Ash dieback at Holmwood Common
Since the early 2000s, ash dieback disease has been gradually spreading across Europe, with many thousands of ash trees already in dramatic decline. Ash dieback is well established at Holmwood Common and we have been carefully monitoring its impact on our trees and their health for several years
Tackling ash dieback
The disease has led to many of our ash trees becoming brittle, which could lead to them becoming unstable or shedding limbs. To protect the public in the busiest areas of the site, we’re having to remove some trees from areas where they pose a genuine risk.
We realise that seeing machinery removing trees in well-loved landscapes is difficult and as a team we find it hard too. The removal of ash trees is an unwelcome, but necessary job. We need to act to ensure people are safe.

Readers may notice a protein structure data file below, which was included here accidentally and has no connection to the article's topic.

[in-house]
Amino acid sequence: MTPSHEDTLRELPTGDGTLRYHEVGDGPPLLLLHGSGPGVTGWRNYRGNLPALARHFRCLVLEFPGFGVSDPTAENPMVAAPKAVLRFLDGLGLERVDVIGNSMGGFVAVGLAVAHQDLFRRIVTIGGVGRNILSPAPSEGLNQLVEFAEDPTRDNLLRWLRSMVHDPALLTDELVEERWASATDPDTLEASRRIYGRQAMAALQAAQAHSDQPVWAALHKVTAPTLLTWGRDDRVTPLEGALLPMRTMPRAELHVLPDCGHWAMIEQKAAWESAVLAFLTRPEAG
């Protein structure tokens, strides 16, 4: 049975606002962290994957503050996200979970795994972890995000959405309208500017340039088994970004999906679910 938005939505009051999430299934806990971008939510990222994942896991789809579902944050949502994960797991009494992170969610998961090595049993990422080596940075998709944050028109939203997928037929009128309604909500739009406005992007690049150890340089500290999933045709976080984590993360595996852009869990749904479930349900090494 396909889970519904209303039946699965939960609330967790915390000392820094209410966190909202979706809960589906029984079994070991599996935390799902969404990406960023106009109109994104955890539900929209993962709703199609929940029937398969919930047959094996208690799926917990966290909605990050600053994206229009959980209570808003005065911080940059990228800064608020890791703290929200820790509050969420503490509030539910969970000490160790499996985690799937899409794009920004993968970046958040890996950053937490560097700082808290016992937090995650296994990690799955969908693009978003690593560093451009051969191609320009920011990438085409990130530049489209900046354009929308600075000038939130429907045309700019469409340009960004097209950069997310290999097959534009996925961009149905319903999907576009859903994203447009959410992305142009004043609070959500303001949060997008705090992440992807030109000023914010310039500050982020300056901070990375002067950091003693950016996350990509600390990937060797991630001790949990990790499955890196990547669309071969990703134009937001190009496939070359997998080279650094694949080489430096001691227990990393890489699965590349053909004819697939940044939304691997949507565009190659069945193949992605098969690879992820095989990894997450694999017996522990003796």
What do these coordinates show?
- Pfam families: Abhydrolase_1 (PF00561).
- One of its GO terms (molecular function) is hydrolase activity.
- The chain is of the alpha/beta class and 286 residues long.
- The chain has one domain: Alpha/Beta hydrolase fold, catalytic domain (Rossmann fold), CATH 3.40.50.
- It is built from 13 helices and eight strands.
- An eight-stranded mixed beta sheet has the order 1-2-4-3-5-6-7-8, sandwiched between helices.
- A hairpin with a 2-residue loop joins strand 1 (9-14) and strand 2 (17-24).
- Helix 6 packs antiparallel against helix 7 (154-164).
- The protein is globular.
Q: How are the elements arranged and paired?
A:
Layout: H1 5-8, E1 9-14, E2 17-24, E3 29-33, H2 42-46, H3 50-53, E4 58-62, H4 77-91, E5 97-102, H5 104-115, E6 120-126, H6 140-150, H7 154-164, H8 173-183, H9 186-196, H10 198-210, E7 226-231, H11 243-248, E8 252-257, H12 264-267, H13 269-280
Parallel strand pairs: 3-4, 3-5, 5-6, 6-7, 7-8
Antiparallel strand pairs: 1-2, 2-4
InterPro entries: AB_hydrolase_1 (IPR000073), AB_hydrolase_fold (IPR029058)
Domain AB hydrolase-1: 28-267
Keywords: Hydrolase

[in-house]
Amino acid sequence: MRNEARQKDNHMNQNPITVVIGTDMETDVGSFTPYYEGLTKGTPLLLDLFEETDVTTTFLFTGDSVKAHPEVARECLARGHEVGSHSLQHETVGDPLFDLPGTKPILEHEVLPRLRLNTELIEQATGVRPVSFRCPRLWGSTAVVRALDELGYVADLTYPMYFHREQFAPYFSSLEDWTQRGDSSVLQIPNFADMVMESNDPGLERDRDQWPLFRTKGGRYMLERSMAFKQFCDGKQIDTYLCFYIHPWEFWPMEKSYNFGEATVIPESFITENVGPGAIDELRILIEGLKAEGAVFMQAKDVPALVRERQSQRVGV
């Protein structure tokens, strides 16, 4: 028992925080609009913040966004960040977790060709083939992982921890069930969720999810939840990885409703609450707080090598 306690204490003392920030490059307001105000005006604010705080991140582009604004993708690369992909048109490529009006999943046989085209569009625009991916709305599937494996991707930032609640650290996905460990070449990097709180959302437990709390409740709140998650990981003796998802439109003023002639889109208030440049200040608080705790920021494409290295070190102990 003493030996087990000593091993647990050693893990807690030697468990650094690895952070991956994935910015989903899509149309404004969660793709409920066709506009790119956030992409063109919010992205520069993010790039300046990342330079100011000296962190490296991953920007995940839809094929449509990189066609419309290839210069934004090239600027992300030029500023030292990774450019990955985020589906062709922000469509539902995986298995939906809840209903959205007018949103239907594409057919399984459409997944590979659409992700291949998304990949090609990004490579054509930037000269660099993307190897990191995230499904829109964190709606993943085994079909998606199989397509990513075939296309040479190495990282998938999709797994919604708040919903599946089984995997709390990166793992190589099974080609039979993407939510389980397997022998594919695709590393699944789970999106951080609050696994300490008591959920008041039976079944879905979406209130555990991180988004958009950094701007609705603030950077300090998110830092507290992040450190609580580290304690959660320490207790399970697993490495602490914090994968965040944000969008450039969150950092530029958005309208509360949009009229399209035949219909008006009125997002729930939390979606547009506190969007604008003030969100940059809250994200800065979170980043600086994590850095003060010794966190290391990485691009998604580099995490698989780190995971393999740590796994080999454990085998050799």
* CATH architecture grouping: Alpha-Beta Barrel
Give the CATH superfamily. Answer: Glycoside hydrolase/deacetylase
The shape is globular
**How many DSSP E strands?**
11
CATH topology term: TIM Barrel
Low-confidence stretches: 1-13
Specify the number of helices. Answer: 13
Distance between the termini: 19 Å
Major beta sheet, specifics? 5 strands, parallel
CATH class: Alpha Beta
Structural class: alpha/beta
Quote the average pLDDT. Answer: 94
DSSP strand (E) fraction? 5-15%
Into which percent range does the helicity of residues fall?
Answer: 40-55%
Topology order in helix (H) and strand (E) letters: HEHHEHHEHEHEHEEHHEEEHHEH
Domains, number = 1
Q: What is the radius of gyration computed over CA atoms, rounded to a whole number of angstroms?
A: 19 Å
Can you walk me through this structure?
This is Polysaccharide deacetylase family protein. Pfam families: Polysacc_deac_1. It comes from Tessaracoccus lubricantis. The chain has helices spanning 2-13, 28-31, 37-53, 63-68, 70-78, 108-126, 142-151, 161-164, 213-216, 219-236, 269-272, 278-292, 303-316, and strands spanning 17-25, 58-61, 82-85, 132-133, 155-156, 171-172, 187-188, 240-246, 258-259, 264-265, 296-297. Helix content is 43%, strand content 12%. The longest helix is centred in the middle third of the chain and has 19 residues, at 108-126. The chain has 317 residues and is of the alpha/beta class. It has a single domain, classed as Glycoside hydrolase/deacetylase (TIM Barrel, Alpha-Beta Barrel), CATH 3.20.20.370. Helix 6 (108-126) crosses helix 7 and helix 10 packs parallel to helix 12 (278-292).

Please be aware that some paths may be temporarily closed while this work is completed.
We will be leaving most of the arisings to improve our deadwood reserves. Deadwood is vital for woodland ecosystem health and provides habitat and food for many priority species like stag beetles. The new spaces created in the canopy will encourage natural regeneration and provide more light for native woodland plants and flowers to flourish.
To find out more information on the scale of ash dieback and how the National Trust is responding to it, visit our Restoring Woodlands page.